ZIMBABWE Cricket (ZC)’s financial quagmire, that saw the cancellation of the Sri Lanka tour and disruption of the domestic league, has been revealed as a $15 million loan from MetBank that is yet to be honoured.
BY WELLINGTON TONI
While January 18 has been set for the resumption of the domestic league, is now highly unlikely as ZC may not secure sponsorship, which will further scuttle Zimbabwe’s preparations for the World Cup T20 competition.
Last month, ZC said it was unable to provide guarantees on when they will pay the striking players and the latest report from the central bank reveals the depth to which cricket, once an envy of many, has sunk in recent years.
An official Reserve Bank of Zimbabwe document in possession of NewsDay reveals that ZC owes MetBank $15 million.
“Medium-term strategies previously advised, including debt restructuring and loan syndications on large exposures such as the Zimbabwe Cricket ($15 million), Zinara corporate finance deal and a Nampower $50 million transaction are yet to be consummated,” read part of the document.
The report adds: “The gaps are mainly a manifestation of non-performing loans amounting to $29,43 million as at 30 September 2013.”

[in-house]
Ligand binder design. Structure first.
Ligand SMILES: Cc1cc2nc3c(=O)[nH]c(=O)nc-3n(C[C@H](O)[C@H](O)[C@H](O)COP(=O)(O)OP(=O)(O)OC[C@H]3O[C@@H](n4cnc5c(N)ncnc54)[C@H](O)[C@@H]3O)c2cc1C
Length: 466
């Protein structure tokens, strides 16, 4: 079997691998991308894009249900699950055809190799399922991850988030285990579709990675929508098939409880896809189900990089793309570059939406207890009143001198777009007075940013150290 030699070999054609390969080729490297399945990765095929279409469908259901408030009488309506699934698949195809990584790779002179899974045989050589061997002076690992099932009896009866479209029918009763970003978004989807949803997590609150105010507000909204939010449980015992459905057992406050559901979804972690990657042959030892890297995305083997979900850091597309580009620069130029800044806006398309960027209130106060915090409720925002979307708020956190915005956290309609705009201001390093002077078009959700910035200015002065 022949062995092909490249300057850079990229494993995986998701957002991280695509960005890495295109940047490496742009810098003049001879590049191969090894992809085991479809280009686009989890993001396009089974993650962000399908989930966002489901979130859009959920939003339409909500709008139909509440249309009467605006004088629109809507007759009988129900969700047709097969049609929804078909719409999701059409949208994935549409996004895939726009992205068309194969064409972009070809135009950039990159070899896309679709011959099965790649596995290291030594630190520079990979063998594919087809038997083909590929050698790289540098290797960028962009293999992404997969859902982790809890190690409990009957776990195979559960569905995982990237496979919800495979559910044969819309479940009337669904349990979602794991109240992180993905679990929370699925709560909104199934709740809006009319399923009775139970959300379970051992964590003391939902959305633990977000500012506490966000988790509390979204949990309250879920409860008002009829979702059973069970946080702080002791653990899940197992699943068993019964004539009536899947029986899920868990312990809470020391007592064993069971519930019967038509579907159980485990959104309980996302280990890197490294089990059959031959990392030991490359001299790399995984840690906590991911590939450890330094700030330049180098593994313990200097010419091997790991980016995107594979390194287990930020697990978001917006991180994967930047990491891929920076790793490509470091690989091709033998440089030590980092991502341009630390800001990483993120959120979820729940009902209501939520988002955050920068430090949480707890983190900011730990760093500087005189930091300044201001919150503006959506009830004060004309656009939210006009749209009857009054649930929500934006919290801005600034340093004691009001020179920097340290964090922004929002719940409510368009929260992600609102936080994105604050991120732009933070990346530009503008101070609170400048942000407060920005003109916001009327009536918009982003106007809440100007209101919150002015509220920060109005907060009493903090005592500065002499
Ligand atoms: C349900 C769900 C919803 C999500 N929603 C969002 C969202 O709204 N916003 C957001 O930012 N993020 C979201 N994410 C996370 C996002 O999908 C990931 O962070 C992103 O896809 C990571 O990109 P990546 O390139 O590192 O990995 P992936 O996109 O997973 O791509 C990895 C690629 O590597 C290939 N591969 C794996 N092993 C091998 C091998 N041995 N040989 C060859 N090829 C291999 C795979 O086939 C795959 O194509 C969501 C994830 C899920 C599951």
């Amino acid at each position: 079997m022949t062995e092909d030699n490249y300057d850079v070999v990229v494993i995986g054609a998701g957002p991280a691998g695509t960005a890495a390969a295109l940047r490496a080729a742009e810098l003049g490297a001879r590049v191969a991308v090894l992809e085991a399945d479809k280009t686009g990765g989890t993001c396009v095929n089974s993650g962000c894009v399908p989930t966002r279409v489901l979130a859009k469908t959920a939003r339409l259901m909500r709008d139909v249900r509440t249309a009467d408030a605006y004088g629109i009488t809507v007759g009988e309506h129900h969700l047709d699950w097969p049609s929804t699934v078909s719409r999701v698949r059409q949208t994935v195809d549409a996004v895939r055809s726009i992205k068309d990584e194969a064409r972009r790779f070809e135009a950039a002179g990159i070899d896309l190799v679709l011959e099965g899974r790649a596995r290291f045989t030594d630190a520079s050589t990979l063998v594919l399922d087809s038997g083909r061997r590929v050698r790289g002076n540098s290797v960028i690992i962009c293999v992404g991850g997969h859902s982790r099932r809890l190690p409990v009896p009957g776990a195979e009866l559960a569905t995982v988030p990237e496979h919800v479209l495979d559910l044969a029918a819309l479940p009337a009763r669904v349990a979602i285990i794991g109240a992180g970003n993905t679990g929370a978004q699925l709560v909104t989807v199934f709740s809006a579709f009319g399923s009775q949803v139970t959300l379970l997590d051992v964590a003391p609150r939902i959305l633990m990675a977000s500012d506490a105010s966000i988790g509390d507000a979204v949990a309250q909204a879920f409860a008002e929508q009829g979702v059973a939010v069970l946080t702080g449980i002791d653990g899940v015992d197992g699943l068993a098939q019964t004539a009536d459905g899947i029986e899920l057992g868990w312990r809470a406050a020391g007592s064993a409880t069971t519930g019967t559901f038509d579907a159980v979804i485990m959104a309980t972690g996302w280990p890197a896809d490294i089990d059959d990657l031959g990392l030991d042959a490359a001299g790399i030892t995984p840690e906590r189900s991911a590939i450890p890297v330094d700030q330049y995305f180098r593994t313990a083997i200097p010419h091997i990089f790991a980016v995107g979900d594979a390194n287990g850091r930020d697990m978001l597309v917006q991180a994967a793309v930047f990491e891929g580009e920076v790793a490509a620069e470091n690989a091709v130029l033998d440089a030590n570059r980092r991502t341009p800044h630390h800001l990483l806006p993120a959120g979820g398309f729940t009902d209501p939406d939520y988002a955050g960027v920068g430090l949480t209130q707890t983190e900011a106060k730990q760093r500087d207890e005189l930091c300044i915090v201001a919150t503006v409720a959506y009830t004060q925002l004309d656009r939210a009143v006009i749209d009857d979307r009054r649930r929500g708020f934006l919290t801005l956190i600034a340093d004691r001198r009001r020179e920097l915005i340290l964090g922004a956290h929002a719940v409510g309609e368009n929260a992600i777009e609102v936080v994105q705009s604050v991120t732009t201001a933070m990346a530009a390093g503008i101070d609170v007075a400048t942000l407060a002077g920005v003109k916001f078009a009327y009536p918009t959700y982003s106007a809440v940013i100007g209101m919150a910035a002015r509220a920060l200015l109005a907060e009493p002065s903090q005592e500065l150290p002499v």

In August last year, Zimbabwe cricketers had formed a union to participate in salary negotiations prior to the series against Pakistan.
ESPNcricinfo understands ZC has asked the International Cricket Council for an additional loan of $3 million, but it is said the international body may only agree to that if ZC provided an audit of the funds they received from the Targeted Assistance and Performance Programme earlier last year.
Former ZC managing director Ozias Bvute is a non-executive director at Metbank while ZC vice chairman Wilson Manase is Metbank chairman.
ZC chairman Peter Chingoka is also Metbank non-executive director according to the company website. Chingoka has been at the helm since Zimbabwe gained Test status in 1992 and is deputised by Manase after the last board elections conducted in 2011.
Bvute is also chairman of the Air Zimbabwe board.
The board will also receive funding from the World Twenty20. A tri-series involving Australia and South Africa is also being mooted which could be a major source of revenue for ZC this year in addition to about $25 million for the 2015 World Cup.
Former Sports minister David Coltart told Cricinfo last August: “The association now is very much in the red. We estimate anything between $15-18 million in the red. That situation has been compounded by the fact that there have been very few international tours, very few profitable tours, which undermines the ability of Zimbabwe Cricket to address that massive debt. And that, in turn, has meant that players have not been paid on time.
“I had a meeting with (ICC CEO) Dave Richardson in Dubai in March and he told me that Zimbabwe Cricket, over the next couple of years, can expect revenues of up to $25 million. Zimbabwe cricket does not have the infrastructure that, for example, we see in New Zealand and $25 million, properly administered, should be enough to grow the game and pay players.”